At The Moab Music Festial, Actor George Takei’s Latest Work Examines His Childhood Under Japanese-American Internment
At 84 years old, Japanese American actor George Takei remains a powerful cultural figure. He’s a prominent gay activist, famous for his witticisms on Twitter, and beloved for his role as Sulu from the television series Star Trek. In a new performance that debuted at the Moab Music Festival over the weekend, Takei says he’s been called a lot of things. Legend. Icon. And….enemy alien. Lost Freedom: A Memory chronicles Takei’s early childhood spent in Japanese American internment during WWII. As Molly Marcello reports, this is the actor’s latest project to prevent racist hysteria from threatening American democracy again.
The sun is setting on a patch of desert in southeastern Utah. You can just make out the din of the state highway, carrying travelers back and forth from nearby Arches and Canyonlands National Parks. But here, minutes from those popular destinations, is a simple dirt road, a little muddy after recent rains. A spot you definitely would miss if you weren’t looking directly for it.
Composer Kenji Bunch tunes his viola near some of the only remaining evidence that nearly 80 years ago, Japanese American men were imprisoned at this site. A concrete slab and two cottonwood trees are some of what’s left from the Moab Isolation Center.
This is George Takei’s first visit to the site. Throughout his life he’s made many pilgrimages to such places, unearthing their histories. There were 10 major Japanese American confinement camps. Smaller isolation centers like this one in Moab imprisoned people who showed any sign of resistance to their own incarceration.
“The World War II years were filled with madness on the part of the United States Government,” says Takei.
George Takei was five years old, his brother four, and his sister just a baby when the government removed them from their homes. After the bombing of Pearl Harbor, President Franklin Delano Roosevelt signed an executive order sending the Takei’s and thousands of other Japanese American families into imprisonment.
“Approximately 120,000 of us, summarily rounded up with no charge, no trial,” he says. “Due process, the central pillar of our justice system, simply disappeared.”
The top US decision-makers justified the incarceration of their own citizens with a racist stereotype. They called the Japanese ‘inscrutable,’ impossible to understand.
“And because we can't tell what they're thinking, as a preventative, it would be prudent to lock them up before they do anything,” says Takei. “The absence of evidence was the evidence. We were subjected to the same kind of attitude toward Asian-Americans that we are going through now with the pandemic.”
Violist Bunch composed the score to Lost Freedom: A Memory. He’s speaking to me outside a popular Moab coffee shop, wearing a shirt that reads ‘Asian A-F.’
“George will rightfully remind us that there's been anti-Asian sentiment since there have been Asians in this country,” says Bunch.
He’s proud of his Japanese ancestry, but says harmful racist stereotypes are as present as ever. He calls anti-Asian harassment and violence during the pandemic a flare up of a chronic condition.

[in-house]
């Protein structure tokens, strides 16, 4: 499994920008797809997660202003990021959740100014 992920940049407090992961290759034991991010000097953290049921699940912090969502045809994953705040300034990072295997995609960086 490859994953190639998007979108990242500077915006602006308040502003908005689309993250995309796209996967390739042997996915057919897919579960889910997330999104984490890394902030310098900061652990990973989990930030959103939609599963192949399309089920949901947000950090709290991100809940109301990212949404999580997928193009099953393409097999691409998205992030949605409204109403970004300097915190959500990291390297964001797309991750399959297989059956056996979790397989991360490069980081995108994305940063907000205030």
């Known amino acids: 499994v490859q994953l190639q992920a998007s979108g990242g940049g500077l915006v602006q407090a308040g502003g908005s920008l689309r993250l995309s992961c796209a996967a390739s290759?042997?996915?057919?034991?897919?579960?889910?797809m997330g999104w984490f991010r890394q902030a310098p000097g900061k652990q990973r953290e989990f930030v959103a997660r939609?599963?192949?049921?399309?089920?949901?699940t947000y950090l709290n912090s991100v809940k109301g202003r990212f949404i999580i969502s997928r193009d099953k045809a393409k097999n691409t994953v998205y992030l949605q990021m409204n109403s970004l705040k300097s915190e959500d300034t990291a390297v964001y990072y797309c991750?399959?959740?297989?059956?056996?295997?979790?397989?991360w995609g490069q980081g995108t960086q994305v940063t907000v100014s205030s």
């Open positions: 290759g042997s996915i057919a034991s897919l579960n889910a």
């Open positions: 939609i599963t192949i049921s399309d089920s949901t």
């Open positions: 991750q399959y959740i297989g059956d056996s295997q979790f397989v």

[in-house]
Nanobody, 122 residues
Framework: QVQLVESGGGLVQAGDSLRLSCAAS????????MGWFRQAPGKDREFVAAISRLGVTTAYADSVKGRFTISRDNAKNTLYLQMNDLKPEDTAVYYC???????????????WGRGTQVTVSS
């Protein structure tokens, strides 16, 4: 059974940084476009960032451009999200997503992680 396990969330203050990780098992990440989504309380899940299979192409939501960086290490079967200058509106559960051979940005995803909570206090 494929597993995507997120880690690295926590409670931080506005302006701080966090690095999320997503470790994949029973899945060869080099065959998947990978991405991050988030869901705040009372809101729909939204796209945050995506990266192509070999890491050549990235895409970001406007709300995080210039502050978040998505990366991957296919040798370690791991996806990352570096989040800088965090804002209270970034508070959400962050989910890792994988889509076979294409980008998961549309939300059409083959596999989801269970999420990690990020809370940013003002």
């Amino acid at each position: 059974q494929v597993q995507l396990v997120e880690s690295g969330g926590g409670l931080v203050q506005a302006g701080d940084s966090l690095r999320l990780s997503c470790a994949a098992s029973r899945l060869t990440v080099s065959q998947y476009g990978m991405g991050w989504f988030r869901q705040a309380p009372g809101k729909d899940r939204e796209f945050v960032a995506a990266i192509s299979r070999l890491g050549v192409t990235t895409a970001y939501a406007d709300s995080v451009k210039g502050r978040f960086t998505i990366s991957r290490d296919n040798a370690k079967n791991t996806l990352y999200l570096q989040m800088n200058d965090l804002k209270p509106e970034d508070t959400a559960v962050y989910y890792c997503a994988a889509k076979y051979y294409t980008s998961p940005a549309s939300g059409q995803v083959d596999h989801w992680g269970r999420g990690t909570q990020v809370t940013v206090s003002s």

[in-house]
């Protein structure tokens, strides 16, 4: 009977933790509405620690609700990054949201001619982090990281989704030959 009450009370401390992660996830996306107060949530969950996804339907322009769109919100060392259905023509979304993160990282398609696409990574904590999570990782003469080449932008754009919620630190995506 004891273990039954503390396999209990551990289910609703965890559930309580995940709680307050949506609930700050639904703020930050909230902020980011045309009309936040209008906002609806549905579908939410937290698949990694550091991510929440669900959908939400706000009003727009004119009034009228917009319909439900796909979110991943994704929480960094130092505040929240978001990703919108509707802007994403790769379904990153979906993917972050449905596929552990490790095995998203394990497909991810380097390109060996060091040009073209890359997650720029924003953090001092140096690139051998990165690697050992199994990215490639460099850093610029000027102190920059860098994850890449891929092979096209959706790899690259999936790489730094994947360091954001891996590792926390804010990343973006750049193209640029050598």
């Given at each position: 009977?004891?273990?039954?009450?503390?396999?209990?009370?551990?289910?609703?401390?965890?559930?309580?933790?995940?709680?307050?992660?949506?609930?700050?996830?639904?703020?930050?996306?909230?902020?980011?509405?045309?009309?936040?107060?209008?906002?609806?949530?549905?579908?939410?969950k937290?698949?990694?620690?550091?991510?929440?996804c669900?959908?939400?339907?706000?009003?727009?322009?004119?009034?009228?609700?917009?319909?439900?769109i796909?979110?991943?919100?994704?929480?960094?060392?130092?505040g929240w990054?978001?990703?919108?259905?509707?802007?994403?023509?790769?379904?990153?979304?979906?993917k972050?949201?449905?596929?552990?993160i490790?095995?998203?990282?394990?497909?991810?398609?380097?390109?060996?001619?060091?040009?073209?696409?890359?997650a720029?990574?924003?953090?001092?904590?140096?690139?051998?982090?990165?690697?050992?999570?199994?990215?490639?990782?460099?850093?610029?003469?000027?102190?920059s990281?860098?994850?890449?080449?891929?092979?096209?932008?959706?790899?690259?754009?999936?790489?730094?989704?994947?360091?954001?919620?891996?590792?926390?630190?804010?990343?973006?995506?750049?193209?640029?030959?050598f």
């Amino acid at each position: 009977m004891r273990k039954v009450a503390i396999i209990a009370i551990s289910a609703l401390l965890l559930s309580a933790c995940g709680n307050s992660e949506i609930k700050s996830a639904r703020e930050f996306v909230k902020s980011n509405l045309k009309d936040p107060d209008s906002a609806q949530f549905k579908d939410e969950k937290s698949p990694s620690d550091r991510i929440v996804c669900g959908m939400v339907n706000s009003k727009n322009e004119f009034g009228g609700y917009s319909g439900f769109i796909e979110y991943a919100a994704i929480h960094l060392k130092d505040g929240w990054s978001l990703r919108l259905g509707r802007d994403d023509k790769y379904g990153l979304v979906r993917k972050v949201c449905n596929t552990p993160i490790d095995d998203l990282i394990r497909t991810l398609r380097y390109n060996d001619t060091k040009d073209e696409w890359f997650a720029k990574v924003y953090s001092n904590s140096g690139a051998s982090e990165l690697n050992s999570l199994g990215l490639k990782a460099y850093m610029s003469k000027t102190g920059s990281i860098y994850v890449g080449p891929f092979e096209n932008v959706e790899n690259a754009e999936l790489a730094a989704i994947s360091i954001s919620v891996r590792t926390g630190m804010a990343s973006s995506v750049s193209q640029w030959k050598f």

“So, it's not a recent problem,” he says. “It’s just an ongoing transgenerational racial trauma.”
It’s not lost on Bunch, that just one generation ago he also would have been incarcerated. He pictures his own young children behind barbed wire, as Takei was at five years old.
“Now as a dad with two little kids and just imagining them with their innocence, and their trust,” says Bunch. “Imagining them having to experience that… it breaks my heart.”
In Lost Freedom, A Memory, music and narrative weave together to center Takei’s childhood perspective in the performance. This creates bittersweet moments, like when young Takei is excited about sleeping a horse stall. But much of it, is simply heart-breaking. When his family is being moved to a higher security confinement camp, Takei’s father tells his children they’re all going on a vacation by train.
“But I couldn’t understand, why so many of the grownups looked so sad,” says Takei. “Some were crying.”
Lost Freedom is another legacy project for Takei. He’s spoken all over the world about Japanese American incarceration, written op-eds in major newspapers, starred in a musical, and has a graphic memoir for preteens about his experience. He says he’s using…
“…all the tools I have as an artist to educate Americans today, as few Americans can, to tell that very personal story, and share it so that we can have better Americans in the future.”
Back on site at the former Moab Isolation Center, Bunch performs a piece for Takei. He wrote it after his own first pilgrimage to a confinement camp in Idaho. He says he wants to be like Takei, an artist activist helping restore humanity to those it’s been taken from. In a world where people can disagree on facts, Bunch says art might be the only way.
“We have a unique ability and responsibility as artists to do that. It's kind of our last best chance, isn't it?”
The Moab Music Festival continues this weekend. A short documentary about the creation of Lost Freedom: A Memory is in the works. And plans to debut Lost Freedom in New York City are slated for 2022.
For Rocky Mountain Community Radio, I’m Molly Marcello in Moab, Utah.